Despite the expectation from its title, Rabbi Herschel Schachter’s recent Beit Yitzchak article “Kuntres B’Inyanei Pesak Halakha” (PDF) does not articulate a system or method of deciding and applying Jewish law. Instead of outlining his views of how pesak works, the article is nearly entirely comprised of sources and anecdotes illustrating the dangers of blindly following observed practices even when they have been approved or enacted by rabbinic authorities. For example in some cases a rabbi could be responding to extenuating circumstances and in a different situation could pasken differently. It is also possible (if not likely) that a person will simply misunderstand or misinterpret the given pesak and thus not be competent to apply that pesak to other cases.
We’ve discussed these concerns in our Perils of Pesak from the perspective of the posek in terms of taking care in formulating responses. Here, R. Schachter passively argues that there is a corresponding responsibility on the recipient or observer of the pesak. Specifically, while non-gedolim are expected to follow the “hachmei ha-mesorah,” the typical Jew is not allowed to apply that pesak or observed practice to other situations since it is likely that a “ba’al ha-bayit” will be missing crucial information or intellectual sophistication to process and apply a gadol‘s pesak on his own.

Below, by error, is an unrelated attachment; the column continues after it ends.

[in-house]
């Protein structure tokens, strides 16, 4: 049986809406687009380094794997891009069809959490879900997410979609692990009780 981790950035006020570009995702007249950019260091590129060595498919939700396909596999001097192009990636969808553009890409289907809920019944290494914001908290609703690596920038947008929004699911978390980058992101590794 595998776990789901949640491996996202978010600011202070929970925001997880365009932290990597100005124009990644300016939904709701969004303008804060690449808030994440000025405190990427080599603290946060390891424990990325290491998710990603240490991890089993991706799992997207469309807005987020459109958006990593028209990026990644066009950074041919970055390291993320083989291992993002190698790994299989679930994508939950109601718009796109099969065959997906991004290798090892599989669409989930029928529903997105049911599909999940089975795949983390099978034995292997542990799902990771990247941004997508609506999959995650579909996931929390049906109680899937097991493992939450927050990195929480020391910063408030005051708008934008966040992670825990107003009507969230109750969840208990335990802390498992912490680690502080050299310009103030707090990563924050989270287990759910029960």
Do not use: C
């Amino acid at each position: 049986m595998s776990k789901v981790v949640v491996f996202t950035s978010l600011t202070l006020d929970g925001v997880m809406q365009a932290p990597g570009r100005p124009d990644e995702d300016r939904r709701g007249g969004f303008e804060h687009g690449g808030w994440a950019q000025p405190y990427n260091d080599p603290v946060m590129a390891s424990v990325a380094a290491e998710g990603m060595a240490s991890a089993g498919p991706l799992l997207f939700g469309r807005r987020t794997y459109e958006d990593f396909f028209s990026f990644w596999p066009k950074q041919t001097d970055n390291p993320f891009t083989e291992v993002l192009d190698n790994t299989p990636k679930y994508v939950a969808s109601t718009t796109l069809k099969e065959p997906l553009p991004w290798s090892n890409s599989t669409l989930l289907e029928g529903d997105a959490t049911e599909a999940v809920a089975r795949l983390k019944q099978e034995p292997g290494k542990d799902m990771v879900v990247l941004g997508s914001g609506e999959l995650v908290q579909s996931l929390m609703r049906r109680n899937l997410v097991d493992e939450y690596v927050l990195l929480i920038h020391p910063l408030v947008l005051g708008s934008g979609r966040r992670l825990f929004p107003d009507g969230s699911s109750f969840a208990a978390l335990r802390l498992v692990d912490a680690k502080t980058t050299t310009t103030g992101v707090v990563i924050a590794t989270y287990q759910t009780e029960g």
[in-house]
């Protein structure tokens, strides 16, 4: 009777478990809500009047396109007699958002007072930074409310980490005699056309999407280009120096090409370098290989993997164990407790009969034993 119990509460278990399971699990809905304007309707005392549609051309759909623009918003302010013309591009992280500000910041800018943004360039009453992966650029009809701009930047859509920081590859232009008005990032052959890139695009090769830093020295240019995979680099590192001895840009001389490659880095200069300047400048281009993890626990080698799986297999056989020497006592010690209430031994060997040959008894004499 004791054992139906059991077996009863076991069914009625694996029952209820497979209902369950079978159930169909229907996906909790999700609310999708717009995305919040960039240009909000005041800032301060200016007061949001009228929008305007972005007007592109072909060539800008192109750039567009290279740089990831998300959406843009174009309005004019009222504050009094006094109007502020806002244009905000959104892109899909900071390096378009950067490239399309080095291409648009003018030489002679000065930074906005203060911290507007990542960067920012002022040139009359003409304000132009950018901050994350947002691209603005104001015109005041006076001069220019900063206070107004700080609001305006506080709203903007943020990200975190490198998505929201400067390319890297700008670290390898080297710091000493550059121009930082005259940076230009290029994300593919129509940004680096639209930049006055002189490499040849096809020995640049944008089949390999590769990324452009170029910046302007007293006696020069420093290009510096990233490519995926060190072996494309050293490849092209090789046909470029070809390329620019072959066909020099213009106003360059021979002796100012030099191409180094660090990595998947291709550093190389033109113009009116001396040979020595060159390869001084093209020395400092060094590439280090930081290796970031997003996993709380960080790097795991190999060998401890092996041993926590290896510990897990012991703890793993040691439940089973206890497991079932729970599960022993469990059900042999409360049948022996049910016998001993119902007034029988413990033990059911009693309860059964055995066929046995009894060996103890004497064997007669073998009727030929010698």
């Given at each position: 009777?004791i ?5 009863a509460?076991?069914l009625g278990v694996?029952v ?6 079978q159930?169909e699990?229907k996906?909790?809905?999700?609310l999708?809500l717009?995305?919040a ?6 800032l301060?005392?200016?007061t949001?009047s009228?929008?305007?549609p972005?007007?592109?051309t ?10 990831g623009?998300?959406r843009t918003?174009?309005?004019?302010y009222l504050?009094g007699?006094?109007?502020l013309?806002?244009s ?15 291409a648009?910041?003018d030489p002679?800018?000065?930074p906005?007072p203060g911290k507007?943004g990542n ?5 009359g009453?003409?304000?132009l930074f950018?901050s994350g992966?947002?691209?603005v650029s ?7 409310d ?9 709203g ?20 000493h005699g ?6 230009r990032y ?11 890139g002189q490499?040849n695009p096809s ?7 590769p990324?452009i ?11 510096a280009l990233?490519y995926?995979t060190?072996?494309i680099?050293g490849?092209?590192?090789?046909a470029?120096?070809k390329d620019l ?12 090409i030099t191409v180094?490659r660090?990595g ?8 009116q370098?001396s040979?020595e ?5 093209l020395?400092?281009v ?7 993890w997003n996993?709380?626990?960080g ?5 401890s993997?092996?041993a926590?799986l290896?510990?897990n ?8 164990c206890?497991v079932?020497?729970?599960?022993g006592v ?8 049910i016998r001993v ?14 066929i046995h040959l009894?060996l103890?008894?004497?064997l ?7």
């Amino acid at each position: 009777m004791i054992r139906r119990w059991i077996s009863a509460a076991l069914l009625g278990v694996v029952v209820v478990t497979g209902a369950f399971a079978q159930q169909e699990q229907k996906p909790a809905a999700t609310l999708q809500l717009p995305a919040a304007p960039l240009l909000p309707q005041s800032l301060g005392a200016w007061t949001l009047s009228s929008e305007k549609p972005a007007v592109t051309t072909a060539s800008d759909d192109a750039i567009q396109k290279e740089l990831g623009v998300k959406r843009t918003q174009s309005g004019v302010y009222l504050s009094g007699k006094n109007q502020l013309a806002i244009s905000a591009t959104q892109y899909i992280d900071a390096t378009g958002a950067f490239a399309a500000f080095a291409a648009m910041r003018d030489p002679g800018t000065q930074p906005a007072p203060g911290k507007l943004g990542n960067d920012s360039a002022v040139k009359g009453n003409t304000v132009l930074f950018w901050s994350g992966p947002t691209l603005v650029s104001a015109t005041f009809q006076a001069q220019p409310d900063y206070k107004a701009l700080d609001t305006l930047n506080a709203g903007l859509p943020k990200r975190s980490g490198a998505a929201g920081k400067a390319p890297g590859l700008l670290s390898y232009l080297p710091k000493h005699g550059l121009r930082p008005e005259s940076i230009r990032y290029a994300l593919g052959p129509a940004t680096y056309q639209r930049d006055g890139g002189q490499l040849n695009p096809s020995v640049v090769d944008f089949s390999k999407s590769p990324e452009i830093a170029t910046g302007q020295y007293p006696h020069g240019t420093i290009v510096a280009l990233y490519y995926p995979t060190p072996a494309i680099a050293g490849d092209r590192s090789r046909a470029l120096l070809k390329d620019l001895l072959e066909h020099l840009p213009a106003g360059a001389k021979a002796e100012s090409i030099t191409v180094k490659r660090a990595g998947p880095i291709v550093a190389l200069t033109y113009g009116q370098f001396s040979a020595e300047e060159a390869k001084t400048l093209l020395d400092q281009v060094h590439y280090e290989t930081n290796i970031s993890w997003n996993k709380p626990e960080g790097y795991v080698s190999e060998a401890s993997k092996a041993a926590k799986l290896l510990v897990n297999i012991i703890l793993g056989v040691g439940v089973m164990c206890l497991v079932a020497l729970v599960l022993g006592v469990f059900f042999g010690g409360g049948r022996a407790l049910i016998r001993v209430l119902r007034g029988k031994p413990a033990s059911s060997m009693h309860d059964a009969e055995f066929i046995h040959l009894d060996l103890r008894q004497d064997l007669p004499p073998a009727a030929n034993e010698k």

By itself, this is a completely reasonable position considering how often people misunderstand or misquote Rabbis, but it does raise the question of what should be done. To answer this questions, R. Schachter tacitly argues for an additional level in a rabbinic hierarchy. Towards the conclusion of the first paragraph, R. Schachter refers to Rabba’s statement in (B. Avoda Zara 5b (English) that a person “does not stand/rely on the thoughts of his teacher until after forty years,” meaning it takes forty years to truly understand the methods of one’s teacher. This citation reveals the intention in the article’s first sentence, in which R. Schachter’s refers to his education with R. Soloveitchik “more than forty years ago.” Taking the Talmudic citation and the introductory statement together, R. Schachter establishes himself as one of the few genuine and authoritative interpreters of R. Soloveitchik.1
R. Schachter has previously argued for a restrictive model of halakhic discourse in which only certain individuals are entitled to an opinion. See for example his comments on Yom Tov Sheni:2